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Getting Started with TI LaunchPads: Coding and Much More...

Energia Reference page


Introducing the TI LaunchPad Platform


TI LaunchPads are microcontroller development kits from Texas Instruments. They come in a variety of flavors to address various project needs. All LaunchPad kits include everything needed to begin developing applications in minutes, priced from $USD9.99 to $USD19.99. That's right - Blink LEDs and spin motors, all for less than $USD20. These units can be the basis for everything from simple coding to connecting a variety of sensors and other peripherals. They are easily programmed via USB from Mac or PC, and can be linked to BLE (Bluetooth Low Energy) modules, and even wifi to send and receive data both locally and remotely.

The main LaunchPads that we will be using here are great value 25 MHz MSP430F5529, or the MSP-EXP432P401R, a fast (48MHz) and powerful unit with multi-tasking capabilities. Both have a reset and two general purpose switches, as well as two or three LEDs (available in Australia for around $AUD20 for the MSP430, and around $AUD30 for the MSP432). Also of interest here might be the wifi-enabled CC3200 LaunchPad.

MSP430 LaunchPad

MSP432 LaunchPad

CC3200 Wifi LaunchPad


Hacking the Hub™

Did you know... The amazing new TI Innovator™ Hub has at its heart a TI MSP432 LaunchPad? While designed to be driven using a TI handheld, much that we describe here may also be applied to the Innovator Hub, if you have one.

That means that you can explore coding in C++ with your Innovator Hub!

It even means that you can control your Hub using BlueTooth Low Energy (BLE) if you want to follow that path, and use the wonderful TI-Nspire iPad Apps with your Hub OR use free browser-based tools created with Javascript and Web Bluetooth!

TI Innovator™ Hub (with MSP432 LaunchPad)

To hack your Hub...

  1. Download and install the free Energia software to your Mac or PC.

  2. Go to the Tools menu of your Energia software. If you have installed the latest version (Energia_18), then initially, you will need to go to the Boards Manager and install the MSP432 manager. HOWEVER, I have found some problems using this latest version and prefer to use the previous build (Release 0101E0017) - just scroll down past the instructions to find this. No Board Manager -just select your MSP432 from the Tools > Board menu!

  3. Take note of the >>Installation<< instructions on the download page (just after the latest download links). You will need to install drivers for your platform.

  4. If you have not already done so, connect your Hub via the port labelled Power to your computer using a micro-USB cable, and then select an appropriate port from the Tools > Port menu.

  5. From the File menu, you will select a sketch from either the Examples or SketchBook menus, and send to the Board as instructed in the tutorials that follow.

Remember: You can always reflash your Innovator Hub to return it to its original state, using the tools that TI has made available (just follow the Resources tab, and then "Keep your Innovator up to date"). So it is possible to explore coding the Hub in new ways!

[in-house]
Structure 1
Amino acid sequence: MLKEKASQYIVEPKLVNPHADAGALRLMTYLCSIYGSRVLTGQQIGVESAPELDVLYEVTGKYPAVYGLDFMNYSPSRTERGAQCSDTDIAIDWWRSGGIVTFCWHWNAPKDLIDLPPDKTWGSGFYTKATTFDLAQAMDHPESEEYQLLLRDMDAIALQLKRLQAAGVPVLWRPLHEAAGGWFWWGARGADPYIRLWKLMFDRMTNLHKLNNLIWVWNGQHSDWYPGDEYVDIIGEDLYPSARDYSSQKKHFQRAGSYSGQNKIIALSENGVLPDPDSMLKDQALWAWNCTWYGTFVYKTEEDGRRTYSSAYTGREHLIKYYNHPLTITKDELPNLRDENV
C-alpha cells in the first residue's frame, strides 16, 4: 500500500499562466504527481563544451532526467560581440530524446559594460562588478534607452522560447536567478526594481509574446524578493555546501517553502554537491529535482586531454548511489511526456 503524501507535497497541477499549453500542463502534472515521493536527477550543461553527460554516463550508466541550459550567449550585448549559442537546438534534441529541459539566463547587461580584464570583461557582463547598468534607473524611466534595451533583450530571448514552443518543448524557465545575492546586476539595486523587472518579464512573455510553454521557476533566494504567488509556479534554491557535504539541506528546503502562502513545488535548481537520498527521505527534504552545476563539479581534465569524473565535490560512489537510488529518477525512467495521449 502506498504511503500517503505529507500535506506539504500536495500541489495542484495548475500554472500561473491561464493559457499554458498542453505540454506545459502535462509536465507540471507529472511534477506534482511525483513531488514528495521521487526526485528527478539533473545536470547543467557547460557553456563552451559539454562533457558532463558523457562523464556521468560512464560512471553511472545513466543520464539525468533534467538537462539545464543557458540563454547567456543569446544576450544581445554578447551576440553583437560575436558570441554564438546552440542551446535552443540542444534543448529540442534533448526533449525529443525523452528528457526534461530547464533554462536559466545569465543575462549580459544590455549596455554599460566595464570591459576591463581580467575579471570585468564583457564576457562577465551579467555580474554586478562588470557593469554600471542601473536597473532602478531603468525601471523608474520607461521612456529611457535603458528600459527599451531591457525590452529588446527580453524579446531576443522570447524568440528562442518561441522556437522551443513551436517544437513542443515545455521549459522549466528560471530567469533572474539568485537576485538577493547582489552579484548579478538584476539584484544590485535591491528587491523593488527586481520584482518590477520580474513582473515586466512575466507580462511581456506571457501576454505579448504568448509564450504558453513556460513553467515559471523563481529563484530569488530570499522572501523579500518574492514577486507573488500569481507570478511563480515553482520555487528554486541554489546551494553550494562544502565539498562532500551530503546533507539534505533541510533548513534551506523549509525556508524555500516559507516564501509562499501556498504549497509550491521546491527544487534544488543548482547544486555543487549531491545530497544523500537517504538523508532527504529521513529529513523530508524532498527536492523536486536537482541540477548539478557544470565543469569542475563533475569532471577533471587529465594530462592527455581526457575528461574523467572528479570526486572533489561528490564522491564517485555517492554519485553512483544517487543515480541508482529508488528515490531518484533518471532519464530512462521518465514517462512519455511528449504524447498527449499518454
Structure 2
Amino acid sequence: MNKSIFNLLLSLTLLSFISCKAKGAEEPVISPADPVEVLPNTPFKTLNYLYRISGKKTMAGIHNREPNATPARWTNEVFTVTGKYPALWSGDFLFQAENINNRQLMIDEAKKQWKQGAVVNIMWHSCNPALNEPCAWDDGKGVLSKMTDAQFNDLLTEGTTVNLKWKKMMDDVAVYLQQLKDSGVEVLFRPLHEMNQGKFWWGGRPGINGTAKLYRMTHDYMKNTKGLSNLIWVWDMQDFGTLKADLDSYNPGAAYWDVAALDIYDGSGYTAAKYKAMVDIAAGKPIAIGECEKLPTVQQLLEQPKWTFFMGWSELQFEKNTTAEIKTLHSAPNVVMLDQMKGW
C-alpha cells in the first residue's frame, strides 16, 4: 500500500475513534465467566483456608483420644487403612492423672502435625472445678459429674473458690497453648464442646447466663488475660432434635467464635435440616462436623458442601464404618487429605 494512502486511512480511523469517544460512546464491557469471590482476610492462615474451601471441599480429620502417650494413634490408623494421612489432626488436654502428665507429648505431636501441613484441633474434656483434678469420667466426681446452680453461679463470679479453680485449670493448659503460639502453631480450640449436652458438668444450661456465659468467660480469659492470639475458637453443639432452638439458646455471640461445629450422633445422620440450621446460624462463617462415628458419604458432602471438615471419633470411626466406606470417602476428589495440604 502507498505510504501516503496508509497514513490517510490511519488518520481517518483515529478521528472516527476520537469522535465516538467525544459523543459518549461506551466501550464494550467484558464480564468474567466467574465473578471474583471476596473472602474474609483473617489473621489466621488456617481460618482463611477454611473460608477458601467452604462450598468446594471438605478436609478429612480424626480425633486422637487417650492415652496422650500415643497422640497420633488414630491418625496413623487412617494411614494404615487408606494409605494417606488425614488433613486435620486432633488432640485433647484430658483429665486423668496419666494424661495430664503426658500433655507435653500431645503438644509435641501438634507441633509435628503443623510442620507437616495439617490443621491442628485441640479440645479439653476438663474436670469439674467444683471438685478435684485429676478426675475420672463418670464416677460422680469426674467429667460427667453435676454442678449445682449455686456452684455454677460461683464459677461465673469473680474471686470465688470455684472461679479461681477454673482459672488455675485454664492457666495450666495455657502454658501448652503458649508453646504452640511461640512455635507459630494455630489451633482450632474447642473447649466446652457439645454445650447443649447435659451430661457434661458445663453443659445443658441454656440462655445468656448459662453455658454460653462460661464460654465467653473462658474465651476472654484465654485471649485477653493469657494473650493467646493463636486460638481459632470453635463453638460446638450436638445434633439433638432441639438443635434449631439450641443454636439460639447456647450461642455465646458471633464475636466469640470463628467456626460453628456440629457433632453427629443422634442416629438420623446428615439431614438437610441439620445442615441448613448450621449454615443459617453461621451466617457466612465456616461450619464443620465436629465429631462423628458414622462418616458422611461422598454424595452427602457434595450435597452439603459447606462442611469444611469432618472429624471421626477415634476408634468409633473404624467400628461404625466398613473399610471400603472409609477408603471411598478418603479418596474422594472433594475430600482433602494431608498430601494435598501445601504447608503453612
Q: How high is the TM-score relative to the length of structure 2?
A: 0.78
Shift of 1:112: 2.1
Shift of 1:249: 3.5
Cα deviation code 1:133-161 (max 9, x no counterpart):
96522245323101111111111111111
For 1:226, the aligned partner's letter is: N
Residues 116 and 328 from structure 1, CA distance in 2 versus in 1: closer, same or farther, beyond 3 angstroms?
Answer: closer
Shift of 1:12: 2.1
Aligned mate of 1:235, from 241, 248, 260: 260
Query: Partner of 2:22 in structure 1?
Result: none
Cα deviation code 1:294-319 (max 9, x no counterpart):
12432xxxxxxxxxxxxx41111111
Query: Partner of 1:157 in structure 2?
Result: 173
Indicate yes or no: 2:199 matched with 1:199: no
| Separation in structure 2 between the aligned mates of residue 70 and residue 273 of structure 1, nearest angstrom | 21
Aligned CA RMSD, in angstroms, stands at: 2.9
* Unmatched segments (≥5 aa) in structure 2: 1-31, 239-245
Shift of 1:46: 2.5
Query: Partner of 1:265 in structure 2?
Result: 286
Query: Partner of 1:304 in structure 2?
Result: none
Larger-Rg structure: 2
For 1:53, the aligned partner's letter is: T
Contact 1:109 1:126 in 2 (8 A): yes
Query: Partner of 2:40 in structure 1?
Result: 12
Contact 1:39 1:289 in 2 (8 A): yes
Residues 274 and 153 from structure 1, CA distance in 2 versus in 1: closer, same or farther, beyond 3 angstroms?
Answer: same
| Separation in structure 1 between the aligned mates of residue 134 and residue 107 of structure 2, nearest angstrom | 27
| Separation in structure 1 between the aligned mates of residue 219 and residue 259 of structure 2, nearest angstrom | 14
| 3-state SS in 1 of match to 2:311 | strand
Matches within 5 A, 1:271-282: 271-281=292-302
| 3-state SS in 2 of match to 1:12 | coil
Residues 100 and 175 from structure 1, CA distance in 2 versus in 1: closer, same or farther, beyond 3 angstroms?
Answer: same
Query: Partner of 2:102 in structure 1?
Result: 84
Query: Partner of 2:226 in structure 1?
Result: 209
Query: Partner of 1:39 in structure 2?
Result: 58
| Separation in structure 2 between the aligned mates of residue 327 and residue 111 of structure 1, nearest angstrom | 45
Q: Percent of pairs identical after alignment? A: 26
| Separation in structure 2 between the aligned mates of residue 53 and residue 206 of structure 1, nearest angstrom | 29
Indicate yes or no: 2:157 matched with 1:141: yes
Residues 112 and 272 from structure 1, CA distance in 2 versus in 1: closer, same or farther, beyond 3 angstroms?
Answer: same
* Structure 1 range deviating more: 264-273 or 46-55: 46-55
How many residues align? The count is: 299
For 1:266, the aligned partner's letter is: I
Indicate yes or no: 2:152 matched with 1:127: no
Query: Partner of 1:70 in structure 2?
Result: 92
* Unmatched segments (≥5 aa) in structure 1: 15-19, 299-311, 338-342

The main focus of the introductory lessons which follow will be on writing simple code to control the MSP43x boards, first using USB connection with Mac or PC, and then via BLE. As shown above, the Grove Base BoosterPack unit provides a quick and easy way to connect multiple modules and sensors (including the Grove BLE module) but jumper leads can work just as well!

The lessons assume no prior knowledge of coding to boards such as the LaunchPads - they follow my own first faltering steps in this direction. After the first few lessons, they will assume some familiarity with the Lua tutorials (including the BLE section) for creating Lua documents that will serve to interface with the LaunchPads using the TI-Nspire iPad Apps.

There are two components to working with the LaunchPads and TI-Nspire - writing a "sketch" to the LaunchPad, which tells it how to respond to commands, and creating the Lua-based TI-Nspire document that will read from and write to that sketch. To create and send the sketch we create, we will use a free open-source-based software tool called Energia.

MSP432 LaunchPad with Grove BLE (with and without Grove Base BoosterPack)


So, let's get started! You will need to:

  • Buy a LaunchPad or two (either an MSP432, or the less expensive MSP430) OR an Innovator Hub. You can purchase these directly from TI or from a local supplier.

  • Download Energia for your platform (OS X, Windows, Linux), and install. Take note of the >>Installation<< instructions on the download page (just after the latest download links). You will need to install drivers for your platform.

  • Find a local supplier (or use eBay) to purchase some jumper leads and (optionally) alligator clips. You should be able to get a bunch of these for under $10. I have found that the male/female jumpers (as shown) have been the most useful, but it would not hurt to have a few of each type.

  • Later you will need a BLE module and a sensor or two - I have used the Grove units for these tutorials, and will be referring to these. Others may be used (and may save you quite a few dollars), but you will need to accommodate inevitable differences as they arise.


Energia IDE

Jumper leads

Alligator clips


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